Al-Qaida's umbrella group in Iraq claimed responsibility Friday for a triple suicide bombing outside foreign embassies in Baghdad, which killed more than 40 people.
The group, known as the Islamic State of Iraq, posted a statement on a Web site that carries al-Qaida and other militant declarations.
The statement said the embassy attacks last Sunday were a "new strike into the heart of the security plan" in the Iraqi capital. It also said "all diplomatic corps, embassies and international organizations" dealing with the Iraqi government are "legitimate targets."
The embassy bombings are part of a wave of recent violence in and around the capital that has killed some 120 people in a week. The bloodshed suggests insurgents are seizing on political uncertainty after March elections to try to destabilize Iraq as U.S. troops prepare to leave.
The U.S. military plans to reduce troop levels from some 96,000 to 50,000 by Aug. 31, when it will end combat operations. As part of an agreement with Iraq, the U.S. will withdraw all forces by the end of 2011.
On Friday, thousands gathered in the holy city of Najaf, shouting "Iraq is for Iraqis!" and "There is no place for occupiers!" during an annual march organized by anti-American cleric Muqtada al-Sadr to mark the anniversary of the fall of Baghdad.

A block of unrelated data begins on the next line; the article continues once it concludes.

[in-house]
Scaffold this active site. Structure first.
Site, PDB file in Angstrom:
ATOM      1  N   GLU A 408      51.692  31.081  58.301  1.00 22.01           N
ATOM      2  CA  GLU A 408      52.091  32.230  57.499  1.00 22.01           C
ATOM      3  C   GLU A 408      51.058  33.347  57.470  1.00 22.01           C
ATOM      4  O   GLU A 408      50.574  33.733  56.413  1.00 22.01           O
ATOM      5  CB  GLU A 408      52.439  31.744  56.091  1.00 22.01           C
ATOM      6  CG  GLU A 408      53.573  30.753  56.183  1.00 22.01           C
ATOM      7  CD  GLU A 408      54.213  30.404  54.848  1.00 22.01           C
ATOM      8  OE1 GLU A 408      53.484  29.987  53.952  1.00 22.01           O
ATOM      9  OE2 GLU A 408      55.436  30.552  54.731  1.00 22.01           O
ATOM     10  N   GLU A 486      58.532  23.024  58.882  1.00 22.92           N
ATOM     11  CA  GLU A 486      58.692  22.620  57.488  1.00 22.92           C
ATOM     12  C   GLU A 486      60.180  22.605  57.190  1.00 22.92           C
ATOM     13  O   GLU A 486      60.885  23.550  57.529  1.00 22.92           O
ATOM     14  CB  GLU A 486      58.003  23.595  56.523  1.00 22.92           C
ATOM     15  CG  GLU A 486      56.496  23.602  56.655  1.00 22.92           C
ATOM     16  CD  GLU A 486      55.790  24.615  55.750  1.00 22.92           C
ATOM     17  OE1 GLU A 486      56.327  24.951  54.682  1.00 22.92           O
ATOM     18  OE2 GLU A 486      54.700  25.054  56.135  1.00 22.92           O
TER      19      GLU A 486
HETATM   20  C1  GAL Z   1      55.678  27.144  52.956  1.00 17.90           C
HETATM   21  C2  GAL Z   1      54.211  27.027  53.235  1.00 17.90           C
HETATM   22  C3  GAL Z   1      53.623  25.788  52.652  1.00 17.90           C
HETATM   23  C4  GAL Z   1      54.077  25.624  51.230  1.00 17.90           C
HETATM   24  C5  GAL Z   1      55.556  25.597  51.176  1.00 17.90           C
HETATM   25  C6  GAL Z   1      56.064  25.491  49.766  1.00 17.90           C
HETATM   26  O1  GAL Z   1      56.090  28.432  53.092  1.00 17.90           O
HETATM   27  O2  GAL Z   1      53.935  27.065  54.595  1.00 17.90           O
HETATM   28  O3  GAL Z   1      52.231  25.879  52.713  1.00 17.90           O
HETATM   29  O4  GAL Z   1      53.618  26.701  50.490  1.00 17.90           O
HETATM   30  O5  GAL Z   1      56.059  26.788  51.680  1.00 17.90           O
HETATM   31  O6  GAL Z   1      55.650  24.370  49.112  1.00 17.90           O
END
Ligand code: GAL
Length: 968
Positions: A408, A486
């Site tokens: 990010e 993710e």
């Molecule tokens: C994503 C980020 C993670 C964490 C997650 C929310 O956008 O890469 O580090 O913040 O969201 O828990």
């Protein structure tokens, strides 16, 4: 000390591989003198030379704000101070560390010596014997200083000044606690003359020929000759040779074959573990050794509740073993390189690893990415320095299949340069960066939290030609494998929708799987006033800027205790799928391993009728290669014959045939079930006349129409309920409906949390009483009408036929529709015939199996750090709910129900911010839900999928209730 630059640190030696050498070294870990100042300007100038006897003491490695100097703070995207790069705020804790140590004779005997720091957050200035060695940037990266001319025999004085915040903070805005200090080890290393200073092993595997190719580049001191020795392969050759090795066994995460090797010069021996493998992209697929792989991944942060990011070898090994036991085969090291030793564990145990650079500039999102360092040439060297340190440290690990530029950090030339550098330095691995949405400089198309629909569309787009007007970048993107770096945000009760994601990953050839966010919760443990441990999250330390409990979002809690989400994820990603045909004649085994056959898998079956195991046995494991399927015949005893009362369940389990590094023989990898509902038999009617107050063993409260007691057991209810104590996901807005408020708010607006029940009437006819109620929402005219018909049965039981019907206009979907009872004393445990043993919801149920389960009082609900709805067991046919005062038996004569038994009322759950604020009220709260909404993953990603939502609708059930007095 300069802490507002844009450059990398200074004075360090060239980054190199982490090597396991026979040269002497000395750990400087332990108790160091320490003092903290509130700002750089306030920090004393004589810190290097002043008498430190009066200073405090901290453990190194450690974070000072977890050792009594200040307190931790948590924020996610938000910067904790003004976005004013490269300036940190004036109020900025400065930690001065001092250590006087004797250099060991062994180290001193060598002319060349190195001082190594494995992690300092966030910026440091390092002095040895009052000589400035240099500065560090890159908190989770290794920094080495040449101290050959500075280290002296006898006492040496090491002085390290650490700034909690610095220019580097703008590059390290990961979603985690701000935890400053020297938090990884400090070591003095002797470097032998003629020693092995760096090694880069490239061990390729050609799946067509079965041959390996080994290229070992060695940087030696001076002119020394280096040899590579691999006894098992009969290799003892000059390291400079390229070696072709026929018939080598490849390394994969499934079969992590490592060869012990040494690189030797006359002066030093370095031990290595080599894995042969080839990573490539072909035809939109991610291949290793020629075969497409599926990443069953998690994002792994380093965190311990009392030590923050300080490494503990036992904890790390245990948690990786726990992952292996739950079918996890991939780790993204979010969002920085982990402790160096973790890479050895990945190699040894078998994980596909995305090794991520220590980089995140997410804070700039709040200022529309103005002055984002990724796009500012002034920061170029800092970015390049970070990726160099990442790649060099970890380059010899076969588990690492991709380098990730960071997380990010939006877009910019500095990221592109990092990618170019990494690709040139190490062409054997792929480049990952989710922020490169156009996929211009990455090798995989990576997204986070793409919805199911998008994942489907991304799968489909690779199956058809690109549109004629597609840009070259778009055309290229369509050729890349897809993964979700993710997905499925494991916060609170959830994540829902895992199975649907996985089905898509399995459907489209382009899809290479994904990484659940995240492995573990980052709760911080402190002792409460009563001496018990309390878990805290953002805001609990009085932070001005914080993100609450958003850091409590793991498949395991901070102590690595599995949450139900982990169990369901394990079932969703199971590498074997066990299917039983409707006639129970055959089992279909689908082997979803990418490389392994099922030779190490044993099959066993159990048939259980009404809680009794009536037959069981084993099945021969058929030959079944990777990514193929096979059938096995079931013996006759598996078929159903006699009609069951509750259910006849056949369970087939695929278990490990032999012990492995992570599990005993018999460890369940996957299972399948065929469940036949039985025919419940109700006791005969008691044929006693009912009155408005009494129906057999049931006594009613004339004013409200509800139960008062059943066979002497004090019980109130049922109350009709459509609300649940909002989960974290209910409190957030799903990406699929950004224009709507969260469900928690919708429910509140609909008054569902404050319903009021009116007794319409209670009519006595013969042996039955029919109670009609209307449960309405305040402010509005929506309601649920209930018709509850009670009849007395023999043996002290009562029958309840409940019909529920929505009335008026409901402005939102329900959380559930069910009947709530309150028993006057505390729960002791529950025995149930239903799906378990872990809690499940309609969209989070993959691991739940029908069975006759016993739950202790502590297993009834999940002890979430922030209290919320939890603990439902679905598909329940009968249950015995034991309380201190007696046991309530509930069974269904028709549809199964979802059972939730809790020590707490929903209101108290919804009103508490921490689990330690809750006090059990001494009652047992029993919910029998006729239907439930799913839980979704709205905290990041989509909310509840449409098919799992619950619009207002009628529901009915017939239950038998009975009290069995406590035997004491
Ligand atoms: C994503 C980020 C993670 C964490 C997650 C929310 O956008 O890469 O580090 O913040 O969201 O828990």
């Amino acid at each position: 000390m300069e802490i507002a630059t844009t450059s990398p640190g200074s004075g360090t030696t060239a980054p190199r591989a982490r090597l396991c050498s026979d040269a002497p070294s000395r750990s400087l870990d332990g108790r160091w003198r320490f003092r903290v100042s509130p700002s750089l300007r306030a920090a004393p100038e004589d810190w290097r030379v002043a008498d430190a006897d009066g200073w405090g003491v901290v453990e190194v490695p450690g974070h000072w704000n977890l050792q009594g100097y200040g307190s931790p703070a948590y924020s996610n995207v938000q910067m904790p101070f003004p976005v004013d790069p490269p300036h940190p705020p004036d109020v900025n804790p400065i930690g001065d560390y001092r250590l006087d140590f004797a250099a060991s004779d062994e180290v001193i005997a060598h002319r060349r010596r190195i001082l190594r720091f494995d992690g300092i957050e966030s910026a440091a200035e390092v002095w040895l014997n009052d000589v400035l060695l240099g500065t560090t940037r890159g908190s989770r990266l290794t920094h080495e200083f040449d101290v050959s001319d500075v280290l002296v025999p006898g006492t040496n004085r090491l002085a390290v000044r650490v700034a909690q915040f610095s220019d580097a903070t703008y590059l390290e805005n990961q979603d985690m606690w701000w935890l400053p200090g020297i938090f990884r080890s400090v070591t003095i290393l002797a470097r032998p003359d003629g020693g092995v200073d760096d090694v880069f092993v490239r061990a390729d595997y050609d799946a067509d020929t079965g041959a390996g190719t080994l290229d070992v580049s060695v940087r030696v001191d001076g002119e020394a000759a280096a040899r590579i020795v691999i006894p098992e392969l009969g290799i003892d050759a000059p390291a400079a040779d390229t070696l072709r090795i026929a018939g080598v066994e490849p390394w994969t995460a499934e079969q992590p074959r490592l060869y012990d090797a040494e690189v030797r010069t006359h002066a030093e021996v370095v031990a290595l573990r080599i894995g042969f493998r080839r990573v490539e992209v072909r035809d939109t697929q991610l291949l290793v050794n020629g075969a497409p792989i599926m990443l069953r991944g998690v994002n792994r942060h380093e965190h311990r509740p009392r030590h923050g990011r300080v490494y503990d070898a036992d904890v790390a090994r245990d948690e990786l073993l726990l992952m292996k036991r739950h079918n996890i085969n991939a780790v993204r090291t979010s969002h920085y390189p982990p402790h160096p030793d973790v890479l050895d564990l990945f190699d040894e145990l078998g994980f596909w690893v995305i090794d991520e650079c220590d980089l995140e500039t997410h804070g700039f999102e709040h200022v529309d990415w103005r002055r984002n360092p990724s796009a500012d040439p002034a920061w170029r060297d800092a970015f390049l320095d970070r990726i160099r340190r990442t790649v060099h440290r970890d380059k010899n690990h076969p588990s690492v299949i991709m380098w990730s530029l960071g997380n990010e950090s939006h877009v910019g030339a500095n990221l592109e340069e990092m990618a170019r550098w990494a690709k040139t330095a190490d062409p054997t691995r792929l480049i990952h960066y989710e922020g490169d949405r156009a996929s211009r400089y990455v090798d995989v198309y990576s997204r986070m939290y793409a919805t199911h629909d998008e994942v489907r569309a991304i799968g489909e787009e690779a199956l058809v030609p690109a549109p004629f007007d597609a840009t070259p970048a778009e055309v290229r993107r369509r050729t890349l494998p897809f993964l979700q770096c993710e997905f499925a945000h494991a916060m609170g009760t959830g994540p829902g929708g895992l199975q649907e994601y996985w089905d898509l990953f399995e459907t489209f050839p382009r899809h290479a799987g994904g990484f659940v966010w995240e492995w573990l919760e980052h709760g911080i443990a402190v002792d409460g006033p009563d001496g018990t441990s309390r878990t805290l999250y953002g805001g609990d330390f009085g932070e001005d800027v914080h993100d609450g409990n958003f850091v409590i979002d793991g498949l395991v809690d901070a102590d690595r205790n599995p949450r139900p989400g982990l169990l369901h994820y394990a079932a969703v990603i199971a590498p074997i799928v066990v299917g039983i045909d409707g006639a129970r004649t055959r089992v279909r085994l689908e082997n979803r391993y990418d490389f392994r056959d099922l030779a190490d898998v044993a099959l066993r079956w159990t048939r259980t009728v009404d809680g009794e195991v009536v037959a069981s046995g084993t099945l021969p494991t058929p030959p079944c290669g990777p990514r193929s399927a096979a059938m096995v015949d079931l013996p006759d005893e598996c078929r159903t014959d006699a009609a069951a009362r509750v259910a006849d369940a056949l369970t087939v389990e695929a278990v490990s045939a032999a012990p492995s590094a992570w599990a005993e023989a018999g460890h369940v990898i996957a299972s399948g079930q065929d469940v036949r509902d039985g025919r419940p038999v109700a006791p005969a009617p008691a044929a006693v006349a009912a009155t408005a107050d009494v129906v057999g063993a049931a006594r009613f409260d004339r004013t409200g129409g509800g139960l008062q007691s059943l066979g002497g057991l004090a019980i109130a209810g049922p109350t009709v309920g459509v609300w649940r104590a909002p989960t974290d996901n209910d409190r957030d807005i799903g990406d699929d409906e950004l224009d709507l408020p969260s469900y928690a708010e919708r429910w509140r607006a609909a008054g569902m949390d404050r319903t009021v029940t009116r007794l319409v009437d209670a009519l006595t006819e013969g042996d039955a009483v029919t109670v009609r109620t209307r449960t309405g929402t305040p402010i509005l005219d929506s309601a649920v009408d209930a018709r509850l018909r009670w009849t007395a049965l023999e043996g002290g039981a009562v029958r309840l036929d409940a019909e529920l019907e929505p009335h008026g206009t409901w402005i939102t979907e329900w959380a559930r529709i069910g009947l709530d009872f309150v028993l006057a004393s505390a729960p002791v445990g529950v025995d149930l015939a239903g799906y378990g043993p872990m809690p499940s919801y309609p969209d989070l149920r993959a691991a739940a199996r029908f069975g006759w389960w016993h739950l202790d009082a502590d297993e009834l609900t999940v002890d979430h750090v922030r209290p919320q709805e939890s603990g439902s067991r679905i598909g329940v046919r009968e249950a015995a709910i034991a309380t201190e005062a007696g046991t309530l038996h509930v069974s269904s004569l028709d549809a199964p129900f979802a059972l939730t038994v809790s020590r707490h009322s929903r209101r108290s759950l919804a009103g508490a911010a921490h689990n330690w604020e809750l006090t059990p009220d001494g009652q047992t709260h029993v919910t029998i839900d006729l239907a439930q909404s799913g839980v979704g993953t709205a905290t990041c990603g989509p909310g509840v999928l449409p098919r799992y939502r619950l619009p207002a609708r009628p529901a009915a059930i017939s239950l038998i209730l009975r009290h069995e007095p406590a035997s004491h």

"If you stay united, you will defeat the occupier and get them out of our sacred land," said al-Sadr's aide Sayyid Hazim Al-Araji, reading a speech on the behalf of the cleric, who is living in Iran.
"If you divide, the occupier and its supporters will stay in our land," he said.
U.S. Brig. Gen. Ralph Baker told reporters in Baghdad earlier this week that he understands there are "some Iraqis that think the U.S. military will never leave Iraq." But, he emphasized, the drawdown plans were on track and have not changed despite the recent violence.
Extremists seem to be trying to provoke mayhem as Iraq's politicians negotiate to form a stable government after the March 7 parliamentary election that failed to produce a clear winner.
A secular front-runner bloc is currently holding talks with religious Shiite parties — a threatening prospect for insurgents whose stock-in-trade is rage, not peace.
The attacks could further stoke sectarian tensions, which in turn may make Shiite parties less likely to join former prime minister Ayad Allawi, a secular Shiite backed by Sunnis.
Allawi's political coalition, Iraqiya, came out ahead in the vote, narrowly edging Prime Minister Nouri al-Maliki's bloc by just two seats. Allawi has raised the prospect that terror attacks will only increase if the negotiations over forming a new government drag on for months.
The Islamic State of Iraq denied Friday that it had anything to do with another attack earlier this week, when bombs ripped through apartment buildings and a market in mostly Shiite areas of Baghdad, killing 50.
Other recent violence includes the shooting deaths of a Shiite couple and four of their children in their home outside Baghdad on Monday. One week ago, gunmen went house-to-house in a Sunni area south of Baghdad, killing 24 villagers execution-style.
Associated Press Writers Saad Abdul-Kadir in Baghdad and Maamoun Youssef in Cairo contributed to this report.
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